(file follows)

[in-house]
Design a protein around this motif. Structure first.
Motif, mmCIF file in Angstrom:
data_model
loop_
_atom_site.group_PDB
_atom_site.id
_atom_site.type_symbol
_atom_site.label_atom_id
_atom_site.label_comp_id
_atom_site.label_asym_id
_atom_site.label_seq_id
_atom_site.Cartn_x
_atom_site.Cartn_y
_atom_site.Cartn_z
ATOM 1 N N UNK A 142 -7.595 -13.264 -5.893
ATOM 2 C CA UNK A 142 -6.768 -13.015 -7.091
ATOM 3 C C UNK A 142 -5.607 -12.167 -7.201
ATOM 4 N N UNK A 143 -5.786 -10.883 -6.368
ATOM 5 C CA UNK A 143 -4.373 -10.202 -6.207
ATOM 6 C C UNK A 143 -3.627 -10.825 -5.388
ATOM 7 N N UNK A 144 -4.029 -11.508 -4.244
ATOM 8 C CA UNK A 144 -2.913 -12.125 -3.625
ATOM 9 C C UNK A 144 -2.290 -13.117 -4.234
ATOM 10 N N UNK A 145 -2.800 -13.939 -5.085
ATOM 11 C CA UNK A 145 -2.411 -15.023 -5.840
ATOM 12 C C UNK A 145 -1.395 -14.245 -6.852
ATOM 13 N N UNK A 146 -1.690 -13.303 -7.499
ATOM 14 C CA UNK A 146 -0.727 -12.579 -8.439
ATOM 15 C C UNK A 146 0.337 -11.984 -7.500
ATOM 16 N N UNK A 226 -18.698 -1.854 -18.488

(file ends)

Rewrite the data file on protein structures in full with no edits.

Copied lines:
[in-house]
Design a protein around this motif. Structure first.
Motif, mmCIF file in Angstrom:
data_model
loop_
_atom_site.group_PDB
_atom_site.id
_atom_site.type_symbol
_atom_site.label_atom_id
_atom_site.label_comp_id
_atom_site.label_asym_id
_atom_site.label_seq_id
_atom_site.Cartn_x
_atom_site.Cartn_y
_atom_site.Cartn_z
ATOM 1 N N UNK A 142 -7.595 -13.264 -5.893
ATOM 2 C CA UNK A 142 -6.768 -13.015 -7.091
ATOM 3 C C UNK A 142 -5.607 -12.167 -7.201
ATOM 4 N N UNK A 143 -5.786 -10.883 -6.368
ATOM 5 C CA UNK A 143 -4.373 -10.202 -6.207
ATOM 6 C C UNK A 143 -3.627 -10.825 -5.388
ATOM 7 N N UNK A 144 -4.029 -11.508 -4.244
ATOM 8 C CA UNK A 144 -2.913 -12.125 -3.625
ATOM 9 C C UNK A 144 -2.290 -13.117 -4.234
ATOM 10 N N UNK A 145 -2.800 -13.939 -5.085
ATOM 11 C CA UNK A 145 -2.411 -15.023 -5.840
ATOM 12 C C UNK A 145 -1.395 -14.245 -6.852
ATOM 13 N N UNK A 146 -1.690 -13.303 -7.499
ATOM 14 C CA UNK A 146 -0.727 -12.579 -8.439
ATOM 15 C C UNK A 146 0.337 -11.984 -7.500
ATOM 16 N N UNK A 226 -18.698 -1.854 -18.488